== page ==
http://www.lsc.gov/about/lsc.php

5) It is often possible to get free or greatly discounted legal services, by going through a law school. You will be working with one or more students, but they will be supervised by either a professor or an attorney. For information on law schools in your area look here:
http://stu.findlaw.com/schools/usaschools/index.html

Providing Holiday Gifts

1) Even single moms who are fine the rest of the year may have trouble making sure their kids have a good Christmas for their kids. The salvation Army provides food, toys, and clothing to families in need year-round, but with a special emphasis at Christmas. Their website is
http://www.salvationarmyusa.org/usn/www_usn_2.nsf/vw-text-dynamic-arrays/4A2D2520606517C4802573F5005661DB?openDocument

2) Toys For Tots is a well-respected provider of toys for children. Sponsored by the Marine Corps Reserves, they do their best to see that every child gets a toy on Christmas morning. Their website, http://www.toysfortots.org/, has information on the program and how to apply.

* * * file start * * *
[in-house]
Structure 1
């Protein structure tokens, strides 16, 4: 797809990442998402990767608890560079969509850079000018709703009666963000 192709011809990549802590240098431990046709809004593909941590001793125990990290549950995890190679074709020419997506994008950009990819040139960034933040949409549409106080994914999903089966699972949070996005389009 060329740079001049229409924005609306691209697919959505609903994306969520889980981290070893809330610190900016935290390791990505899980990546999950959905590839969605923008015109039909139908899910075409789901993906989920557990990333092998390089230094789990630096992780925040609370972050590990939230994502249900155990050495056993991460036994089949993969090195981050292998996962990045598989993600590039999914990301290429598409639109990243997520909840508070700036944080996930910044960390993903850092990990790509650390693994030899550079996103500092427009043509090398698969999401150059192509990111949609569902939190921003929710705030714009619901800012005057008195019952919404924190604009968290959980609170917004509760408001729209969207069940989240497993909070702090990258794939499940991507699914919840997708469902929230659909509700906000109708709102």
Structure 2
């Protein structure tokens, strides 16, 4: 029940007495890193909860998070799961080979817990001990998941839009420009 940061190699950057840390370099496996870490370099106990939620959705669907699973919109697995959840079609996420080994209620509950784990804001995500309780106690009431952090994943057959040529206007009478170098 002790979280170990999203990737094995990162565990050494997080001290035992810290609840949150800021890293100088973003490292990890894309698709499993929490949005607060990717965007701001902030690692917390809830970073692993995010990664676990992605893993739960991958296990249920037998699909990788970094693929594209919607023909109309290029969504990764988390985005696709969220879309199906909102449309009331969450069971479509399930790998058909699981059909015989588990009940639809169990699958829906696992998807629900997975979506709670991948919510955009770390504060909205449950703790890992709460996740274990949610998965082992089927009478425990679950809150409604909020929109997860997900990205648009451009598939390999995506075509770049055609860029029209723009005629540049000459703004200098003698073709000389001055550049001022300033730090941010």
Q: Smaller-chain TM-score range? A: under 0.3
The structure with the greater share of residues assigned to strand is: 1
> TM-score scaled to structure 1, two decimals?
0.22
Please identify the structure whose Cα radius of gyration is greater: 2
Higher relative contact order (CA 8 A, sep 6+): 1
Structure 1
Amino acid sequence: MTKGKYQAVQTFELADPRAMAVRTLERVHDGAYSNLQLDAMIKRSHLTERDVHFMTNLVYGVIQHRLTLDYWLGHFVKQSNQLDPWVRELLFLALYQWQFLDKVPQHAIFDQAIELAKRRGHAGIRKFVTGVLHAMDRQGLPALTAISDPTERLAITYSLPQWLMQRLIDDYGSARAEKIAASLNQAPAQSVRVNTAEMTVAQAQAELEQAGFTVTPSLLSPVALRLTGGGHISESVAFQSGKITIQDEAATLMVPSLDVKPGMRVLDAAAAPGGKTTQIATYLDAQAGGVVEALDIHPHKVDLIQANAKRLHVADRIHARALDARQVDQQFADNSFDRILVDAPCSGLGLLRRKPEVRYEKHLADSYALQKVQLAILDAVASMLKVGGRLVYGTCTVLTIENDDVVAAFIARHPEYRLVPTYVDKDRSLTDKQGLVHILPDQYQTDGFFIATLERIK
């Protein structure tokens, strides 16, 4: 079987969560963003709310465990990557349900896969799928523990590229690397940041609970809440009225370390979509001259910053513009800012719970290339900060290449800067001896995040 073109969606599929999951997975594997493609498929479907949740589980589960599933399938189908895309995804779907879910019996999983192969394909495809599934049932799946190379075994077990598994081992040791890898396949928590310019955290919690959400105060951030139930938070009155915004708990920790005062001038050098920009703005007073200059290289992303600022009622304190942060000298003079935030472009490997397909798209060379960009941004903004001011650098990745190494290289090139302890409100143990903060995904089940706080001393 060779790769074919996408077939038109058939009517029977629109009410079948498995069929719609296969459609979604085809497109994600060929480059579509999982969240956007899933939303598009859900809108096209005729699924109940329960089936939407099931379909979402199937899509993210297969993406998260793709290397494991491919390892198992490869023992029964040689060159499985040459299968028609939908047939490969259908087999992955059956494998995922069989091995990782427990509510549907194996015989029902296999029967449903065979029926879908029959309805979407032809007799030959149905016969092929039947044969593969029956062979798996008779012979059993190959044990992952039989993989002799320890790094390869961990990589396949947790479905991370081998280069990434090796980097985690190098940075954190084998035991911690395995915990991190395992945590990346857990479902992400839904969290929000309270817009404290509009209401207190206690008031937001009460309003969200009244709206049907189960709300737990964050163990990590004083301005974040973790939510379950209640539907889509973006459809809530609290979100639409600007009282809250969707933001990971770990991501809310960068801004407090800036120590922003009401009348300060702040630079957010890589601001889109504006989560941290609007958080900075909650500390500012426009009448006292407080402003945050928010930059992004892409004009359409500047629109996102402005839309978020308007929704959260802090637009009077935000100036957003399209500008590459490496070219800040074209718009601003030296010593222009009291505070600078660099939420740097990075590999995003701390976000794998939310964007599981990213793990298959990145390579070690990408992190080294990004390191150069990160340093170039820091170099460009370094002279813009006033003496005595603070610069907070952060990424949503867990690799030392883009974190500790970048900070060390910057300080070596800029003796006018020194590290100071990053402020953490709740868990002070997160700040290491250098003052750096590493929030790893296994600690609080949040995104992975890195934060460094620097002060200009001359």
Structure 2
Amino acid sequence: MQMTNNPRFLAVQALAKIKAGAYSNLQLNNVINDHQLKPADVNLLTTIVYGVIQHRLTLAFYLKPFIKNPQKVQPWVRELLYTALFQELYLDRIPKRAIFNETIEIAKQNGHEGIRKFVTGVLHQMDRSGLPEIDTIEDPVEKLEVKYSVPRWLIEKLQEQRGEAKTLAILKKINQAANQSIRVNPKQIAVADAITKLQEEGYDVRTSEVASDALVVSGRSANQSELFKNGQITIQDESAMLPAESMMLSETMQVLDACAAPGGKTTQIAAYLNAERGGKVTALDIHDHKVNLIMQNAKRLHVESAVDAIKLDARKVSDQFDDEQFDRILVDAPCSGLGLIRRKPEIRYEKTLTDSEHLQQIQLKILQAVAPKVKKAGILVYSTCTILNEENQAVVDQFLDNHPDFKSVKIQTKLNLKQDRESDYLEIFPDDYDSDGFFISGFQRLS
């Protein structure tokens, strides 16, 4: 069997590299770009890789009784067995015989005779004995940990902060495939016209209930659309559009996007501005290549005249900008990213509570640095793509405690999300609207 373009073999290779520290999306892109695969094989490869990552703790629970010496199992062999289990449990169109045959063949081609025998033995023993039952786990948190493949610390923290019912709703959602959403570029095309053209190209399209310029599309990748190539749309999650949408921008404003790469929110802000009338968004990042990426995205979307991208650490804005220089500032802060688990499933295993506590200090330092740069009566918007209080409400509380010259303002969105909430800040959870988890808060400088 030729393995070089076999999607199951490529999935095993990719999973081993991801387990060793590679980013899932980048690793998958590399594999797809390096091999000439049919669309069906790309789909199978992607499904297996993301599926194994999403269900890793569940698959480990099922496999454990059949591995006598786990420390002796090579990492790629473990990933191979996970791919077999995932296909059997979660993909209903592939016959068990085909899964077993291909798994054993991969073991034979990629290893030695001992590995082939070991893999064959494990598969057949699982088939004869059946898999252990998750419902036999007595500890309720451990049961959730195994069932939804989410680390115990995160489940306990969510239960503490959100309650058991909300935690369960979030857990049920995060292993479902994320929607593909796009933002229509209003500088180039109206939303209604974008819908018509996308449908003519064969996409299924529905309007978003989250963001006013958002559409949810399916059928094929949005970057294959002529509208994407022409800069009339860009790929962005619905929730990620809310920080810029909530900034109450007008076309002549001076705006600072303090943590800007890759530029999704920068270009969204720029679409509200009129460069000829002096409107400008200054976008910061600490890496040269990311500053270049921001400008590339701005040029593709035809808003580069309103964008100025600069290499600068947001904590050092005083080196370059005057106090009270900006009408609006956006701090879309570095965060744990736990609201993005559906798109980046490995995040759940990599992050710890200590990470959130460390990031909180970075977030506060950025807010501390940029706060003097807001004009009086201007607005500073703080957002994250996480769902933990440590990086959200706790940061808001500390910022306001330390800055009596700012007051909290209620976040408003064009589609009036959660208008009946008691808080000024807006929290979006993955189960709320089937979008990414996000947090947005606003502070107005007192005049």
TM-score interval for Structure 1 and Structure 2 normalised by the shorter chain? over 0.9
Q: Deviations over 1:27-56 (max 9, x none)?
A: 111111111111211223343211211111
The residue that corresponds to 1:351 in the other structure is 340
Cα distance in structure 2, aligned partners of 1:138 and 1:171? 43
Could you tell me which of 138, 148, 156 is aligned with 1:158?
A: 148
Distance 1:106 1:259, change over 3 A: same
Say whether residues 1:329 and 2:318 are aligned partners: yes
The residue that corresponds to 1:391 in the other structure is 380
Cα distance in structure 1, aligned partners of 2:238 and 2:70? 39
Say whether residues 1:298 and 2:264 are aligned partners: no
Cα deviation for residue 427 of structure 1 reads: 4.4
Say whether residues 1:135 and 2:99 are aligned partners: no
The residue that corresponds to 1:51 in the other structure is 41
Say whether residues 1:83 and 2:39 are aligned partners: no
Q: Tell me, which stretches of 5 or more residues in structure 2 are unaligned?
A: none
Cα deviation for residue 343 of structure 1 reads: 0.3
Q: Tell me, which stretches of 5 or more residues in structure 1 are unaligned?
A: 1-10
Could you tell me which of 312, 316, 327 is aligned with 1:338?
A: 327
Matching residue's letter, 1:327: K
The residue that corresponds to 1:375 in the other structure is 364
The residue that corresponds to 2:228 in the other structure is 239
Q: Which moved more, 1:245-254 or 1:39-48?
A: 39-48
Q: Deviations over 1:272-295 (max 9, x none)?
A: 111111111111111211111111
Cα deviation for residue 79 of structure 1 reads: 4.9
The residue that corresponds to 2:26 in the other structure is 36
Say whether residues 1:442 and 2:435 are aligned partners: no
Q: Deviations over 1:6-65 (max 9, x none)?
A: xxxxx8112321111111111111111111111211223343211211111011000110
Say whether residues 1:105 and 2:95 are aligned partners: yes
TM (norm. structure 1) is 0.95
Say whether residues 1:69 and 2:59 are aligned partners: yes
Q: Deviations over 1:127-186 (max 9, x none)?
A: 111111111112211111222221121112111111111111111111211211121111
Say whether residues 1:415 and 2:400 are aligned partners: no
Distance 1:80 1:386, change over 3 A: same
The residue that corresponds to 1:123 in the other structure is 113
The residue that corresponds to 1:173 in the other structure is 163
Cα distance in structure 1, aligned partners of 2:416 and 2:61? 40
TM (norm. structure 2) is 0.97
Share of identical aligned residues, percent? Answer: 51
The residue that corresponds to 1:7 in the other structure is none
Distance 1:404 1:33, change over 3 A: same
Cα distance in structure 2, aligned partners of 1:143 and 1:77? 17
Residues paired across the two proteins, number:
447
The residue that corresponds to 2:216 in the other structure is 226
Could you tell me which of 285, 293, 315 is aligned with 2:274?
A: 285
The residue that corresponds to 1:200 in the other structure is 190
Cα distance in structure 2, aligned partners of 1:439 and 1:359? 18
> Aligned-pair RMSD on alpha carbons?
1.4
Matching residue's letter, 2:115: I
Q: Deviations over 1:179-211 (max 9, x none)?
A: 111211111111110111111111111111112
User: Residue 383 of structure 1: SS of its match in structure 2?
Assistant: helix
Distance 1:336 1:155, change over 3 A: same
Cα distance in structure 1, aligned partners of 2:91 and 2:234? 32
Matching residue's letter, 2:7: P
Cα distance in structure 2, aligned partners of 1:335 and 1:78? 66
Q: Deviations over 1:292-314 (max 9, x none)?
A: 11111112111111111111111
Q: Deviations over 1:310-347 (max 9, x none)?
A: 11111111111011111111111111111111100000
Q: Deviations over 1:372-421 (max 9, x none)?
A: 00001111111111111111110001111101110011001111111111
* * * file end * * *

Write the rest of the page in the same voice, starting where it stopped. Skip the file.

3) If you are military, or your children’s father is military, you might be able to get help with Christmas toys from Operation Homefront. To find out how to apply, go to
http://www.operationhomefront.net/wehelp.aspx

4) A number of churches attempt to help needy families provide Christmas presents or dinners.To find out who in your area is offering assistance, the ever faithful website is
http://www.211.org

5) The State social service organization ( also known as the food stamp or medicaid office) may have other resources to choose from. To find the nearest one to you, go here:
http://www.fns.usda.gov/snap/outreach/map.htm